If you want Tony Williams to run for mayor, reply to this message, type TONY in the subject line, and DELETE the rest of the message (so it doesn't take me forever to download my messages.) If you are willing to volunteer for Tony, write your name, address, phone number, email address, etc. in the body of the message. I will compile this information and pass it on to Williams.

If you don't want Tony Williams to run for mayor, reply to this message, type MARION in the subject line, and DELETE the rest of the message.


Although I acknowledge being a bit cheeky in the way I'm rigging this poll, I do hope you will take the 10 seconds it takes to respond. I truly believe the future of your city and home rule is at stake and, as a large block of active voters, dc.story members have an inordinate ability to make a difference in the city's future.

Vote early and often,
Jeffrey Itell


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Our Internship Lit Up the Town
Carl Bergman

As has been noted in other quarters, sometimes you never know where your internship will go. I've a friend whose daughter went to Russia as a theater intern in Moscow and ended up two blocks from Yeltsen's attack on parliament. In my case, there were three of us who paid fees to AU Urban Affairs as grad student interns at the old, appointed city council. It was the spring semester, 1968. We got our money's worth: ringside seats to the riots after King's death. I remember watching as gangs came down 14th street, pausing to trash Garfinkles. We watched from the chairman's office as Council Members Stan Anderson and Joe Yeldell took off up the street to try and persuade the mob to stop. They were lucky to get back unhurt. Later, the Council closed all the liquor stores, stopped most gasoline sales and transferred its legislative power to the Mayor Washington, making him a ruler by decree.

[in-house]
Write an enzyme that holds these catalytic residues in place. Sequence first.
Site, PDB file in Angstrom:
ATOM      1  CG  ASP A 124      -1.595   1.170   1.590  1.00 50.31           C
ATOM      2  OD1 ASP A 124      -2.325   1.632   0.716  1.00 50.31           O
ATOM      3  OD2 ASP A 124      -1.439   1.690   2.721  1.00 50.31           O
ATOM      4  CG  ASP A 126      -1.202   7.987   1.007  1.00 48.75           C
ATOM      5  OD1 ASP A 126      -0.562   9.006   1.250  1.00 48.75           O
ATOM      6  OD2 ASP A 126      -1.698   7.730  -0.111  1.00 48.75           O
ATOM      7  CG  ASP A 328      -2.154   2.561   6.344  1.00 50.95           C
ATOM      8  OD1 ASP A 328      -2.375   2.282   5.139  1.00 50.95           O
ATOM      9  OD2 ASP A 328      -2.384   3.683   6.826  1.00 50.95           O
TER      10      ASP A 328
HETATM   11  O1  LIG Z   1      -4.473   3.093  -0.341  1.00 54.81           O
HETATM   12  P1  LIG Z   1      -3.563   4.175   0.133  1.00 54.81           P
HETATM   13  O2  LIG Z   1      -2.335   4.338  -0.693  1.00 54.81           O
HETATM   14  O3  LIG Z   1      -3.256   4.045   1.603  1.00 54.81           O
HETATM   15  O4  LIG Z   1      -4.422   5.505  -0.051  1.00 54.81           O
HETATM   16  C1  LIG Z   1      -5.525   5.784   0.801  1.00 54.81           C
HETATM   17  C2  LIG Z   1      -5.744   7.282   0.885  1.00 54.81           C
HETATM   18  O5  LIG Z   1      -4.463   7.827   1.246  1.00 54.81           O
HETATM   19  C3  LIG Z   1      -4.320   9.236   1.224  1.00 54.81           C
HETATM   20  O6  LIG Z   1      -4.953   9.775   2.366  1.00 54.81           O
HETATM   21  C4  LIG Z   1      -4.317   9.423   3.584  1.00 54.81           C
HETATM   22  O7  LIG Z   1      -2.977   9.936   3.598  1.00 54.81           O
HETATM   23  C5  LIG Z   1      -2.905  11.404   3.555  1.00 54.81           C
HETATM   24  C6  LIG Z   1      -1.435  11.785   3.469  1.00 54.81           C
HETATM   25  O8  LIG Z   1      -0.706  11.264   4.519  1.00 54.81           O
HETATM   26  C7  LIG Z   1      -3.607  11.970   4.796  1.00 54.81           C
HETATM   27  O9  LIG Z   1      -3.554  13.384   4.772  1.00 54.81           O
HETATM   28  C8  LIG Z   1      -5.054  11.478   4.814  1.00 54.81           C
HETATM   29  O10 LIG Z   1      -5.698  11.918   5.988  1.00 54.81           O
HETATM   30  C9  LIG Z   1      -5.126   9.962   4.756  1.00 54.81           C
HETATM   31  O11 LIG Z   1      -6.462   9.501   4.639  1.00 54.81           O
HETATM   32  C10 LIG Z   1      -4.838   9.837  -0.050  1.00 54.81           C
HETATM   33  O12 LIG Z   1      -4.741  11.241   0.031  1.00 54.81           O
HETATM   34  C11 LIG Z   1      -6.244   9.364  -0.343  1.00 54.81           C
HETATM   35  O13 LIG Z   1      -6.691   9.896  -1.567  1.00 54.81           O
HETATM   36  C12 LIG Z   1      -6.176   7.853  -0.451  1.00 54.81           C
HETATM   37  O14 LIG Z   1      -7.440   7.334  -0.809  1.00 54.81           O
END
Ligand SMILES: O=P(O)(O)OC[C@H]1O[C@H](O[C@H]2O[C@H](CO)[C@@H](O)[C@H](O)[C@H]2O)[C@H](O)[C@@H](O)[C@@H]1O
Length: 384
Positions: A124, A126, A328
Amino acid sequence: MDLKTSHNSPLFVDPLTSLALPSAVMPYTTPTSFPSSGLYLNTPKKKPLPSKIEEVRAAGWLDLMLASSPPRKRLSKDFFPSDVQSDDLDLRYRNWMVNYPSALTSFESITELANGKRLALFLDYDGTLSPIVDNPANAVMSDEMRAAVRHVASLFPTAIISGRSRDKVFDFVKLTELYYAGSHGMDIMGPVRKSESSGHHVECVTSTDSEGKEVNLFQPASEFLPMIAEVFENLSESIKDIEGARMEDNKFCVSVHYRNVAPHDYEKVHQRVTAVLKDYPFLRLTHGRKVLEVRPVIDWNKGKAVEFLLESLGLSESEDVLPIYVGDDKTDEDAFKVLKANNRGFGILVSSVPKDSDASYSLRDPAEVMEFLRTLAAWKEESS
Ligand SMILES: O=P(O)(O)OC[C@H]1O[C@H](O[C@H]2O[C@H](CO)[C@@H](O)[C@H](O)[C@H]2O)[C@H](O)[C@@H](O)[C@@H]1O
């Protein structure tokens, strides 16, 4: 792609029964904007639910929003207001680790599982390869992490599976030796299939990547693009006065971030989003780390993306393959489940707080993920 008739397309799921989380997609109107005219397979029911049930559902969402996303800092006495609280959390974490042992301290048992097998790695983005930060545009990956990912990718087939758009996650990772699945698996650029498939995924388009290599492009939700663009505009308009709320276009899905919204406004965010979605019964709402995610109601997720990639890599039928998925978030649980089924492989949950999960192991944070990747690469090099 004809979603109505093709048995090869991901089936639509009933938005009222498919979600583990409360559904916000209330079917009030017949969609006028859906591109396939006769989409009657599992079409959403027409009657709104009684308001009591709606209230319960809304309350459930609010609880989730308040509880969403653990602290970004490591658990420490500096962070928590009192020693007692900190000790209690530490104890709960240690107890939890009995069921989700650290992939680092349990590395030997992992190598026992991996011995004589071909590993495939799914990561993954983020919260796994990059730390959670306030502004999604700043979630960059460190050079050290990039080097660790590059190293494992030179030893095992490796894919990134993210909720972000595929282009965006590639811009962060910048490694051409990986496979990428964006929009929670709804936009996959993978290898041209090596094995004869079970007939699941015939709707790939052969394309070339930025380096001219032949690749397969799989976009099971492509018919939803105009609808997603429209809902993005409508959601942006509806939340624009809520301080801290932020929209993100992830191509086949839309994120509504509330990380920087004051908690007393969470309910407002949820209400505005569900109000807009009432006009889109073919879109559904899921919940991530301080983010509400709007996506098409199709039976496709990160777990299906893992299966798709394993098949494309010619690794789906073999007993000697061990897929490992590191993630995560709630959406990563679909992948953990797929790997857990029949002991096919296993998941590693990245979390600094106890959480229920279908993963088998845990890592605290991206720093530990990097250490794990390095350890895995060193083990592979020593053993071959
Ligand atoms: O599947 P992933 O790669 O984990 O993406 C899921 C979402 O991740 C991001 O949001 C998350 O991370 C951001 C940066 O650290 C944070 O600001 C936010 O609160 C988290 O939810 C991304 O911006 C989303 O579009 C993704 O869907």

We wound up as messengers from the District Building to the White House, complete with escorts through various machine gun nests. (I understand Hillary may bring them back.) In the aftermath, we staffed hearings on the riots, their impact and causes, police use of deadly force, and rebuilding plans. For the city's business and middle class it marked a dramatic turning point. Their exodus began. For us, it became a time to bond, not condemn and run. How about you? What was your internship like? Did it bring you, or keep you here? What were times like? Did it influence your work or life? Was there a Washington or DC connection?


An Almost Freebie
Ed T. Barron

In case you missed the small print announcement in the Post last week, the Transit gang are celebrating the 25th anniversary of the Metrobus system on the 25th of February with a twenty-five cent fare all day. For those of you who have never seen the inside of a Metrobus, or enjoyed the sights of the city while traveling to and from downtown, this is your big chance. This is an opportunity to take a complete around the city tour (with transfers) for about a buck and a half. Don't miss this opportunity.


Reason to Pause
Tom Berry